"A good way to judge whether a city has the desired level of ‘coolness’ is to look at its bookshops. If there is more than one bookshop selling books in foreign languages on an extensive range of topics, from cookery to philosophy, if one can find what one is looking for there and, furthermore, if one is allowed to stroll through the books while having a sip of coffee from the bookshop’s café, it is an ultimate plus for the intellectual outlook of the city, enticing for anyone considering moving to that city. Bookshops, with their design, their smell, their location and their staff are among the important visitor’s attractions of a city, although not many people think about bookshops as ‘places to visit.’"—From Today’s Zaman, an English-language newspaper in Turkey.
The Children’s Book, by A.S. Byatt (winner for Possession)
Summertime, by J.M. Coetzee (two-time winner: Life & Times of Michael K and Disgrace)
The Quickening Maze, by Adam Foulds
How to Paint a Dead Man, by Sarah Hall
The Wilderness, by Samantha Harvey
Me Cheeta, by James Lever
Wolf Hall, by Hilary Mantel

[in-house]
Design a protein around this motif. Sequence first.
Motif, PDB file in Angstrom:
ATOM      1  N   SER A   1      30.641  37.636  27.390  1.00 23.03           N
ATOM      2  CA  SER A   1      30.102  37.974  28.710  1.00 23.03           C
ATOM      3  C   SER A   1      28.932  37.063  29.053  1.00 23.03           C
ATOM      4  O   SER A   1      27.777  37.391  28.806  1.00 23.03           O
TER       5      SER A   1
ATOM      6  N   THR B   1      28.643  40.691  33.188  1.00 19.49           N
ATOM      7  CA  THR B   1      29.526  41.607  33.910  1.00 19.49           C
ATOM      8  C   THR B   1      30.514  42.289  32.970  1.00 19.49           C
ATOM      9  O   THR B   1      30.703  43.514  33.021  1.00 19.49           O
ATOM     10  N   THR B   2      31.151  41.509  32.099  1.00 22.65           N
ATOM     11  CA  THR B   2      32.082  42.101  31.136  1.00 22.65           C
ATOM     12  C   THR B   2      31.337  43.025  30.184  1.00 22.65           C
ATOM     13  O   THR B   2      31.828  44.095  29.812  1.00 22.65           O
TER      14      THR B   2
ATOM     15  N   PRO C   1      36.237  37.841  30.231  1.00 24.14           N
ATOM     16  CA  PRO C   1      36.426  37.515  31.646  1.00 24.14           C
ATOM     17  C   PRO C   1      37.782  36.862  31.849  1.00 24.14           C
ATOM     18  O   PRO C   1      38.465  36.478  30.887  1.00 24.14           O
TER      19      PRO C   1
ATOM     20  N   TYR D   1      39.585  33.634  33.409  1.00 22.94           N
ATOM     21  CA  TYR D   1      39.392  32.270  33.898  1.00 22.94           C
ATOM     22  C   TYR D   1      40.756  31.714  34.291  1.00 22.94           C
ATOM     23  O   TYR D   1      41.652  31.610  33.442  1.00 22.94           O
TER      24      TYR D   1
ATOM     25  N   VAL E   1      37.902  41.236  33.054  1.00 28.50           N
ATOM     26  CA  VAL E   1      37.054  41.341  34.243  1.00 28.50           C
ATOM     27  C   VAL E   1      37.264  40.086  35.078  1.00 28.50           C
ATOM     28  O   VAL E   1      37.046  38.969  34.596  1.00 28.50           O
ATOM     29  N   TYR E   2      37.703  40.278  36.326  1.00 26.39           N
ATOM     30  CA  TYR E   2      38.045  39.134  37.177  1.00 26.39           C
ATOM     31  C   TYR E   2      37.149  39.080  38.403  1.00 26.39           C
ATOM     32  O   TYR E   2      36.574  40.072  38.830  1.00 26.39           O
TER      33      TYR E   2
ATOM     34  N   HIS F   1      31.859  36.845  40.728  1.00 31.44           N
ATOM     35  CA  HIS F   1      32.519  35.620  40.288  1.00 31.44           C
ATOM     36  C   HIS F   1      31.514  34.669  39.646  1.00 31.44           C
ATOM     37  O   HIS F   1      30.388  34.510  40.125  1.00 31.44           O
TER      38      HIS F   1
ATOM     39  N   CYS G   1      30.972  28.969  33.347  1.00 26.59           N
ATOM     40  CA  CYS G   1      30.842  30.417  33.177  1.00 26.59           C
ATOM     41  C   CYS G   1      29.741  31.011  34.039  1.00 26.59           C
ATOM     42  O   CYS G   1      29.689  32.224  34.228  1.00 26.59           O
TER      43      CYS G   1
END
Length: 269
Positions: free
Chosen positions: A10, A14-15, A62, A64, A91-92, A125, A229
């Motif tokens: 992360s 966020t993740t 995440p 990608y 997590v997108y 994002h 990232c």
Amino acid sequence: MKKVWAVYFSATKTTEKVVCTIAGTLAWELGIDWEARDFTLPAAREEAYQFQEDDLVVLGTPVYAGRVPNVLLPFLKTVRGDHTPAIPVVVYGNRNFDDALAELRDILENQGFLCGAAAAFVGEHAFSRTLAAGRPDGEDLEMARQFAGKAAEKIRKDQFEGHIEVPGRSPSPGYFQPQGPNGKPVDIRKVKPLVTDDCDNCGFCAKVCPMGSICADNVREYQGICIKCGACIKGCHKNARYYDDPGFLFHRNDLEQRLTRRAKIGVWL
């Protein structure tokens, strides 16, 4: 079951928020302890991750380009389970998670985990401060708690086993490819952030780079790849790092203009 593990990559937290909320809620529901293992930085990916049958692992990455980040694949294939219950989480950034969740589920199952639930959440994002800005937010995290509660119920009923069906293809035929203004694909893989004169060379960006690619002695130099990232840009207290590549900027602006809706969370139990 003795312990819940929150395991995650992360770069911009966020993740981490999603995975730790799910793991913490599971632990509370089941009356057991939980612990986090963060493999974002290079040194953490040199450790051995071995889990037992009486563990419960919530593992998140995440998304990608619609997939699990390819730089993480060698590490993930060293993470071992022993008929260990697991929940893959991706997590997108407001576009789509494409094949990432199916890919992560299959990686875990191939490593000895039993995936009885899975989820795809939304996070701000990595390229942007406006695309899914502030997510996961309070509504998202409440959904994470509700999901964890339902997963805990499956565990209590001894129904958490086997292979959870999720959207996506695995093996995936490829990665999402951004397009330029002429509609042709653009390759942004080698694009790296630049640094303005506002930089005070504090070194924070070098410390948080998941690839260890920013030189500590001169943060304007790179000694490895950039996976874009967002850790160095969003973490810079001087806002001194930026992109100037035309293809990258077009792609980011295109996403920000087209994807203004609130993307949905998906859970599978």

The Glass Room, by Simon Mawer
Not Untrue & Not Unkind, by Ed O’Loughlin
Heliopolis, by James Scudamore
Brooklyn, by Colm Toibin
Love and Summer, by William Trevor
The Little Stranger, by Sarah Waters
"Right now, a parent somewhere is reading Harry Potter to their child for the first time," wrote Chase Hill, 23, in a New York Daily News article about his own obsession, even as an adult, with the world J.K. Rowling created. "That child will dream of a future birthday when he receives a letter in the mail from Hogwarts. To this day, around the time of the release of a new film or book, I check the mailbox hoping that my Hogwarts letter is wedged in between my phone bill, paycheck and credit card applications."